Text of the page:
The goal, legal observers say, is to ensure that the truth about the killing is revealed, to ease racial tensions, and to reassure those fearing a cover-up that justice will be done.
Brown was shot dead in the street in the St. Louis suburb on Aug. 9. Gov. Jay Nixon asked for a federal investigation two days later, after riots erupted when the county police force confronted protesters with armored vehicles, tear gas and dogs. After the images of the military-style police response drew widespread criticism, federal officials said they were coaching local authorities on different tactics.
On Saturday, 40 FBI agents started going door-to-door in the neighborhood where the shooting took place, interviewing witnesses and gathering information. An independent federal autopsy was announced Sunday, and Attorney General Eric Holder said it was performed Monday. President Barack Obama also announced Monday that Holder would travel to Ferguson to meet with investigators and community leaders.
"What they usually do is wait for the local investigation to complete itself," said Alberto Gonzales, former attorney general under President George W. Bush.
Gonzales said that although he did not have all the information being evaluated by federal officials, it appeared to be an aggressive and unusual response to an unusual case.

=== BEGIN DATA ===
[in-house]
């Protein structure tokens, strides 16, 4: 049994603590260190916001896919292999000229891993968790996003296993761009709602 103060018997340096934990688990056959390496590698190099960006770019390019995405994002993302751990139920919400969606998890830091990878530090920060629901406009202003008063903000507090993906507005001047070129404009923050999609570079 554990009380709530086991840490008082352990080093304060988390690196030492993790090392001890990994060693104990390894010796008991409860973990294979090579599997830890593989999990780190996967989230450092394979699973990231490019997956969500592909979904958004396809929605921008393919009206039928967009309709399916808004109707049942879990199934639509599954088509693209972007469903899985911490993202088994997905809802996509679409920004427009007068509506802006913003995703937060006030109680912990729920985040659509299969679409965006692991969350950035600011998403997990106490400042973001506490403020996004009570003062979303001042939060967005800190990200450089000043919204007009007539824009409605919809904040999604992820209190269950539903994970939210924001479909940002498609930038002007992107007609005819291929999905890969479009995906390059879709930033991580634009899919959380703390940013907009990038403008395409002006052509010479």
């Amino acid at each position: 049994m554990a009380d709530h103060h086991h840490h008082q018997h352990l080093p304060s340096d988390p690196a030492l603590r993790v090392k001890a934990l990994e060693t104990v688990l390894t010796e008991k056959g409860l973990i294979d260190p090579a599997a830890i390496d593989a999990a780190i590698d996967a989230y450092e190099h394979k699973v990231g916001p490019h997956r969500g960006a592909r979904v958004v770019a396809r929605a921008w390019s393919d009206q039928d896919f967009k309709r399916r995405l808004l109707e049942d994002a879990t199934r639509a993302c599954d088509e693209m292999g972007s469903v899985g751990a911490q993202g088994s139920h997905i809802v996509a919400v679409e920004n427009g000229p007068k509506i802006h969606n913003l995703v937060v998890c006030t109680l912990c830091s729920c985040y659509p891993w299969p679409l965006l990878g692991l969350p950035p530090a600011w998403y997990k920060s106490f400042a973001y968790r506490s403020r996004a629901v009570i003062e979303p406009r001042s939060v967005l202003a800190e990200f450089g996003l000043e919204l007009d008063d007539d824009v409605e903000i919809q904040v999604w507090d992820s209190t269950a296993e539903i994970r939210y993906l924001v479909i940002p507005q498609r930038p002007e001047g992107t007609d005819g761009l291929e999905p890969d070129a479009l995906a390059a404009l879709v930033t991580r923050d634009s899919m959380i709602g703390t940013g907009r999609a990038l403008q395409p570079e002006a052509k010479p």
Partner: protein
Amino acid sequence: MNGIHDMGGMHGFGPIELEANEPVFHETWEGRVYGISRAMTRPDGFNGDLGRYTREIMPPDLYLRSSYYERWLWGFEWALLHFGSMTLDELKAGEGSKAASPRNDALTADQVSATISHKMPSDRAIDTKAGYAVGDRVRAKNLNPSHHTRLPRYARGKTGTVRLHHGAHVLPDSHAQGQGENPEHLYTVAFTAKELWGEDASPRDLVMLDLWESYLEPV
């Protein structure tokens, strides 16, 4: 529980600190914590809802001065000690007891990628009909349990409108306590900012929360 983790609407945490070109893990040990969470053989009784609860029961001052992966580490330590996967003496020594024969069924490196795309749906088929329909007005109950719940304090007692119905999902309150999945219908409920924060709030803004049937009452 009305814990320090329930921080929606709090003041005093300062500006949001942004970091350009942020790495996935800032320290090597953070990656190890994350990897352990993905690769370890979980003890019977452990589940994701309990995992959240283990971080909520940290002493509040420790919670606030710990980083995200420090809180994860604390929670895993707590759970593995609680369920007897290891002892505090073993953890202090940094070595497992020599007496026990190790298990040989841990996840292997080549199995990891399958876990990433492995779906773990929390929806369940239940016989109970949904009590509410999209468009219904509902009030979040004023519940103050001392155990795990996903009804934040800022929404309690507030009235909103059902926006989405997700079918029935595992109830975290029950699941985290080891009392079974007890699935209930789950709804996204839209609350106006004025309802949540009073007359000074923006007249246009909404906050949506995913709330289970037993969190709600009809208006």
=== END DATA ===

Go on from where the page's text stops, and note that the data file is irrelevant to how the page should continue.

"They're going in with one goal: to ascertain the truth. And to do so in a way that raw feelings can be comforted and soothed," said Gonzales, who is now dean of the Belmont College of Law in Nashville.
Ferguson is about 70 percent black. Ferguson's mayor is white, as are five of six city council members and 50 of its 53 police officers. Many in Ferguson and beyond fear that local officials will not act fairly in determining whether to charge the officer, Darren Wilson, with a crime.
St. Louis County Prosecuting Attorney Bob McCulloch, who is in charge of the investigation, also is white. He comes from a family of police officers, including his father. When he was 12, his father was fatally shot by a black man while responding to a call. In a 2000 case, McCulloch brought no charges against two officers who fired 21 shots into a vehicle, killing two black men during an attempted drug arrest.
McCulloch has declined calls to step away from the case, saying in a television interview, "I've been as fair and impartial and done as thorough of a job as we could."
At the Department of Justice, Holder, the first black attorney general, who took office promising to fiercely fight discrimination and inequality, has been an increasingly visible presence during the Ferguson case.